I returned from a few weeks away and noticed my monstera’s leaves were drooping and it seemed like more brown spots than usual (It did get a bit too much sun this summer so there were a couple brown spots previously). Upon closer inspection I noticed that some leaves were covered in brown flecks, especially on the back stems of the leaves. 2 of the leaves were also covered in a white dusting of spots on the front and looked especially droopy. I cut these two off and moved the plant to the shower where I sprayed with Safer’s insecticide. I spent some time googling and I’m wondering if these are thrips? I didn’t notice any moving insects so I’m confused. I purchased this plant almost 7 years ago when it was quite small. It’s grown to a pot thats ~15 inches in diameter and the plant itself is ~45 inches tall. It was repotted last spring and grew new leaves frequently throughout the summer. Do you think this is a case of thrips? What do you recommend as next steps? Thanks for your help!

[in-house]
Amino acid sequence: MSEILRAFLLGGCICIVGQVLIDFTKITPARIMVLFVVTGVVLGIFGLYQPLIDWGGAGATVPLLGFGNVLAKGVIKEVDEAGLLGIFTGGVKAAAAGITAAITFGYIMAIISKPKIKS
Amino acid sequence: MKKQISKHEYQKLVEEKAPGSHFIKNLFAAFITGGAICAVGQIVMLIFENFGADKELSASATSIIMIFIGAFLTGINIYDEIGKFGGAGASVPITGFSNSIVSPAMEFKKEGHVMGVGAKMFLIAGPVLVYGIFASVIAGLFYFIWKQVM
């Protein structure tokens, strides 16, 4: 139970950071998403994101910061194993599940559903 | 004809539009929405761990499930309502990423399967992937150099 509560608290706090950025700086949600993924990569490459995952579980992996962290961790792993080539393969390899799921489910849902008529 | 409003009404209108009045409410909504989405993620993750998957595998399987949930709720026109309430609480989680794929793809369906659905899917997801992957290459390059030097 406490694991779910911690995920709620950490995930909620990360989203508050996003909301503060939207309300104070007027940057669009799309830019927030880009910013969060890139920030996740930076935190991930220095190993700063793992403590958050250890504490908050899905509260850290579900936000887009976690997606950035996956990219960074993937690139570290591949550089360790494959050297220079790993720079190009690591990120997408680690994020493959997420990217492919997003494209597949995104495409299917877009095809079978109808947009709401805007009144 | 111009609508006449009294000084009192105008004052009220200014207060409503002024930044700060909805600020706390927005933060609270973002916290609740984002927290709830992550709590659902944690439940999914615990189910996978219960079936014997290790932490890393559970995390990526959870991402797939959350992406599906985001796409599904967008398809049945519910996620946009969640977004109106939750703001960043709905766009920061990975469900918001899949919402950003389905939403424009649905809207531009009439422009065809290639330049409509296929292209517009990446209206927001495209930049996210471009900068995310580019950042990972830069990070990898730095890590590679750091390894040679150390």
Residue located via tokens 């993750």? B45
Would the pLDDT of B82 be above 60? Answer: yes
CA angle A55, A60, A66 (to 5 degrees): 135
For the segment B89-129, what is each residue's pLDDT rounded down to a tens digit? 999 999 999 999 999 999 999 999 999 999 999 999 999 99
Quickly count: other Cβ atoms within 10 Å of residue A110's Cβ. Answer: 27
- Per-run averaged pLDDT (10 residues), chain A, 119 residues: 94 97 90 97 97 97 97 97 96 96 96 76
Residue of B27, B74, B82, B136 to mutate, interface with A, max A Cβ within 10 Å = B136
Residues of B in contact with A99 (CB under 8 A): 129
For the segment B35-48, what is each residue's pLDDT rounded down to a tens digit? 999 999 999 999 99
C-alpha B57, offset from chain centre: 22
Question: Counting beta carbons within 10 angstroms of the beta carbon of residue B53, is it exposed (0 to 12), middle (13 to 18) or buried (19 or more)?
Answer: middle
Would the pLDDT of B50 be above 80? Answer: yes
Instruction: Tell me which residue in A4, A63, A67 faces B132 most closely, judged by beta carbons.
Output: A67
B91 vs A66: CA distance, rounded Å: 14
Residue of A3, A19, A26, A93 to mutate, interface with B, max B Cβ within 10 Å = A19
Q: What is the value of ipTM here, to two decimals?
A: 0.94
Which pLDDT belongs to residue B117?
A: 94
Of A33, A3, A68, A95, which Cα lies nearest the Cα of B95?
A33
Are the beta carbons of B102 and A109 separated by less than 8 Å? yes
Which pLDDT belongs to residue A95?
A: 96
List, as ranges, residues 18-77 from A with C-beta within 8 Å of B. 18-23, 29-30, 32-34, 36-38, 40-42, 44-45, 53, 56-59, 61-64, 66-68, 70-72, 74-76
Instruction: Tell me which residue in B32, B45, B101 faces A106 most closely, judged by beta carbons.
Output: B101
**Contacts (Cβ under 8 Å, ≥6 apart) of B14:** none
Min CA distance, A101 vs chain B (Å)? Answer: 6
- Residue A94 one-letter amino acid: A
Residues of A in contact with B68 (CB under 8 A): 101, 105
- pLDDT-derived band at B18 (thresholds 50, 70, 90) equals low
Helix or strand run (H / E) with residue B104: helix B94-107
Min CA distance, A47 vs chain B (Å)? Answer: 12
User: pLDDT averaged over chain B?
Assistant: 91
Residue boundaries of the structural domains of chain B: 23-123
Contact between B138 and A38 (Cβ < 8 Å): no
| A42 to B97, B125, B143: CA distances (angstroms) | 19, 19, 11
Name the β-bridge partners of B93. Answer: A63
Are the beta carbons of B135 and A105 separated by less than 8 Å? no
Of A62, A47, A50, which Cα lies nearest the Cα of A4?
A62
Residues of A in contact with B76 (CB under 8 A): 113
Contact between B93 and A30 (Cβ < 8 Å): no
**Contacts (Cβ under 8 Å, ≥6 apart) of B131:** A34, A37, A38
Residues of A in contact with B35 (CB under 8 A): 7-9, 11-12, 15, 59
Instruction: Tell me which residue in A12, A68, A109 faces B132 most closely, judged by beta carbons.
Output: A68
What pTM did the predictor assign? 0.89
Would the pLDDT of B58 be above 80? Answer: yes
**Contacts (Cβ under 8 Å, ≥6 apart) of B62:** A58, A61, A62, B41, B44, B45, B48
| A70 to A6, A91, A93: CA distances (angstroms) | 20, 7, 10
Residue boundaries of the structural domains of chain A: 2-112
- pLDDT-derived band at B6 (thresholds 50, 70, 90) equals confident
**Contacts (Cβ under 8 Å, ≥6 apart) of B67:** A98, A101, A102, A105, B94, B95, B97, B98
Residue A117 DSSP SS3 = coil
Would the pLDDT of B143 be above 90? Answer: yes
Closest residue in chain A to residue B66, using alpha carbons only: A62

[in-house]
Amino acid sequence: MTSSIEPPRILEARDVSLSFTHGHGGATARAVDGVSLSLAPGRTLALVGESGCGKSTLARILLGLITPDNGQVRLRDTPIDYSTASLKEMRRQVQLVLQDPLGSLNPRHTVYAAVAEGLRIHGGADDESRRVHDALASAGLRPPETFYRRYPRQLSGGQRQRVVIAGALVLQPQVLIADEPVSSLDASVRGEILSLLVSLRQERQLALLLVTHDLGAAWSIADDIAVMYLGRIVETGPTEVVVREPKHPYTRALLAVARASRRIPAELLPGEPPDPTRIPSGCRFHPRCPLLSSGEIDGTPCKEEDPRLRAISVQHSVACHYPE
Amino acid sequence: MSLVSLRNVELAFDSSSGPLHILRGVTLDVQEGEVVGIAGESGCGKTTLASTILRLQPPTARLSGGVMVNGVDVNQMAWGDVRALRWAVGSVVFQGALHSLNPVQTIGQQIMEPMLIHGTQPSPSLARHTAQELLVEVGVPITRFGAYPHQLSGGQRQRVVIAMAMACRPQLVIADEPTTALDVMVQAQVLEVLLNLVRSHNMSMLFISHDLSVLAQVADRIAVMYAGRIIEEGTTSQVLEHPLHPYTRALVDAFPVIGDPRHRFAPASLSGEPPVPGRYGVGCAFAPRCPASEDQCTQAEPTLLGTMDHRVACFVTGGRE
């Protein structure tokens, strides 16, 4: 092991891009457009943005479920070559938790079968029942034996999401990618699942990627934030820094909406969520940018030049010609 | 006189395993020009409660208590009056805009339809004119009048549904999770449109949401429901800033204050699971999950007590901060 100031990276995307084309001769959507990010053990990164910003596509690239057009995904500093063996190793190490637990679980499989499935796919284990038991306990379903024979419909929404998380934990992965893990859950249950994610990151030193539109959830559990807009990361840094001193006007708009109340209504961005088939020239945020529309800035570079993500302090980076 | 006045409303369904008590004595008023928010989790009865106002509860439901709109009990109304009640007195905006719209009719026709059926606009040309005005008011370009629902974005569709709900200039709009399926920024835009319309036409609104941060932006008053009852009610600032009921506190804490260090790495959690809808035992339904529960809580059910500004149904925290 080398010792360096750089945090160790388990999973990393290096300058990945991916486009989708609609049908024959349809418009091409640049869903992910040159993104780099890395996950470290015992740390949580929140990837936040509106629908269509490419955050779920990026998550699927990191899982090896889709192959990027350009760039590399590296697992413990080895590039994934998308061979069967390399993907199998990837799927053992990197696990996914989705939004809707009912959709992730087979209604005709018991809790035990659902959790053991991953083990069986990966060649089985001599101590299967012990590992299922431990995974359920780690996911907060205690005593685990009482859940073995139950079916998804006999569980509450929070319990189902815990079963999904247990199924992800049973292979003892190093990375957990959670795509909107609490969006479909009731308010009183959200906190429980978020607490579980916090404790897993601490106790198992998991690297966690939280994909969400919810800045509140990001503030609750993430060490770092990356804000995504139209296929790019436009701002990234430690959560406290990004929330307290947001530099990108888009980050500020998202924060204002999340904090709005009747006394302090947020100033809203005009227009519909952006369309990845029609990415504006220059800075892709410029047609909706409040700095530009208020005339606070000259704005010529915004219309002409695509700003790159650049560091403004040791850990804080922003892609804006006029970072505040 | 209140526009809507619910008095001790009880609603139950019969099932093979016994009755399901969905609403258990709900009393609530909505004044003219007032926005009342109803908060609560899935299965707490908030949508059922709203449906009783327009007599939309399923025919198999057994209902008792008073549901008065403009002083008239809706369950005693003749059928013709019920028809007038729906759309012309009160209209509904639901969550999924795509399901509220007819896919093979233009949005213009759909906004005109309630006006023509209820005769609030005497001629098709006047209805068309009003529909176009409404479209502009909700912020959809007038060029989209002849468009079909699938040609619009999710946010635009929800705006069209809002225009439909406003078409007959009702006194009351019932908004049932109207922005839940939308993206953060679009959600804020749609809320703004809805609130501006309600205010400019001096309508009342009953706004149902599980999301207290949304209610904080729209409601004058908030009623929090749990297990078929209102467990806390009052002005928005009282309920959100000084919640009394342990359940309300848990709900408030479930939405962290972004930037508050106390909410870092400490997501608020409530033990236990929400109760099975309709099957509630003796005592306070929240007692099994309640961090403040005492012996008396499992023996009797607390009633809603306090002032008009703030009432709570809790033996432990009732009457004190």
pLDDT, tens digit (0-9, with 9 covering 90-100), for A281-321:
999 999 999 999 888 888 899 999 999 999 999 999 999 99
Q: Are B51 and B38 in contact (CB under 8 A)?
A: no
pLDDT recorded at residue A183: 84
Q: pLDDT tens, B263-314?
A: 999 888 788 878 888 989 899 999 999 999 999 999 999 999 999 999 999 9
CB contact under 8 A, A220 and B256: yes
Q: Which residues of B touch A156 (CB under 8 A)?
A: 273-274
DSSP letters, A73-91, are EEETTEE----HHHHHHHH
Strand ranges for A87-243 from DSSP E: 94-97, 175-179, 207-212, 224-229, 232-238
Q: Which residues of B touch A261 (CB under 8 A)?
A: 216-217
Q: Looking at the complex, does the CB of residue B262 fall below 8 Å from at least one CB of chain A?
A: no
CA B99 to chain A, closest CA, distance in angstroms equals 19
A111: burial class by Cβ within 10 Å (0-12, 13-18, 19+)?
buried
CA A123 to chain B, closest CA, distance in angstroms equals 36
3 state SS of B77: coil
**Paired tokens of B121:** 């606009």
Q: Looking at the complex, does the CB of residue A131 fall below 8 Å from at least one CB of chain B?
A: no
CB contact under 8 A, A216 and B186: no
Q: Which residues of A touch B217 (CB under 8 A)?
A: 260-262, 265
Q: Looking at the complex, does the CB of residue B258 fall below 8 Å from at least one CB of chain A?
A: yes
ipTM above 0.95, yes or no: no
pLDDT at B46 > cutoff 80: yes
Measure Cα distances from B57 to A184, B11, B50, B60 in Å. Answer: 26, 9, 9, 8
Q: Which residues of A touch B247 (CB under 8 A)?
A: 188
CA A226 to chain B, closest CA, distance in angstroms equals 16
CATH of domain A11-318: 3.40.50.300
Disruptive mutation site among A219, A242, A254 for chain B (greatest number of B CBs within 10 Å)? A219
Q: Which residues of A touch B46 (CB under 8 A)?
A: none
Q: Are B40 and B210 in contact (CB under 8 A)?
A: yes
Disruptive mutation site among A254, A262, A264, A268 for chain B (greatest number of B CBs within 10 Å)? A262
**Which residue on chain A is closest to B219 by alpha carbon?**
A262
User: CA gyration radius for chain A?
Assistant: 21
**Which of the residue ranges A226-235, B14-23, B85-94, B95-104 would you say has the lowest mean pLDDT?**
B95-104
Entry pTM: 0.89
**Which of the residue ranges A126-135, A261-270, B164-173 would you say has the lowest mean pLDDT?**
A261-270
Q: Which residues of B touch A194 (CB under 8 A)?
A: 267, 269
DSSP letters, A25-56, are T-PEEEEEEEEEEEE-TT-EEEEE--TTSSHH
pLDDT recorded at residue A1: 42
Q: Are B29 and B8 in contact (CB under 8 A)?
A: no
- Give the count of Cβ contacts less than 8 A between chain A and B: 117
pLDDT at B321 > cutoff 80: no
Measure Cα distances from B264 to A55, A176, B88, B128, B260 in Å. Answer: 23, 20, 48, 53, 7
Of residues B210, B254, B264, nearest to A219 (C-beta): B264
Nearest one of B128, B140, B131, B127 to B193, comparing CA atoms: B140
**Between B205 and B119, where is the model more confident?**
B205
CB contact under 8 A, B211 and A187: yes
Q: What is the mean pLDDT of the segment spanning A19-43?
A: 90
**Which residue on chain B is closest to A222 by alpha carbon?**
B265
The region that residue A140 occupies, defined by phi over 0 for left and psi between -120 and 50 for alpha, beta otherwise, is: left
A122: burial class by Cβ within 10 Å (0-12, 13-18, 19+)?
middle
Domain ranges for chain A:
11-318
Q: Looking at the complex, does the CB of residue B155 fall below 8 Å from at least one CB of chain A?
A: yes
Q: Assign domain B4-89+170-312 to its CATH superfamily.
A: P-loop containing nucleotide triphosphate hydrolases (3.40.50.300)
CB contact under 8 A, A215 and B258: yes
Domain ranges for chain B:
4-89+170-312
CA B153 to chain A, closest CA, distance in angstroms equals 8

Hi there, thank you for contacting the Toronto Master Gardeners.
Judging from your photo, I can’t be sure your Monstera is infected with thrips. While thrips are very tiny, you should be able to see them move away when you disturb a leaf. Even the slightly smaller larva, which are translucent yellow in color, can be seen crawling on the surface of the leaf. Thrips puncture the leaf and suck up the contents leaving translucent patches where they have been feeding.
Regardless of the identification of this pest, you have taken some good initial steps. I’m including below, our response to an earlier question on controlling thrips. As noted, if you have other plants, be sure to isolate your Monstera and repeat the recommended treatment as needed.
The other question is – where did this infestation originate from? Check your other houseplants to see if this issue isn’t more widespread.
The response to the earlier question also contains a link to an article on general house plant care, including a list of how to avoid introducing pests to your houseplants. (Please note, this is a US article and the chemical-based treatments/controls are not applicable in Ontario, but the other information is sound).
Good luck in dealing with this issue. As you and your Monstera have been together for 7 years you are obviously providing the conditions and care it requires.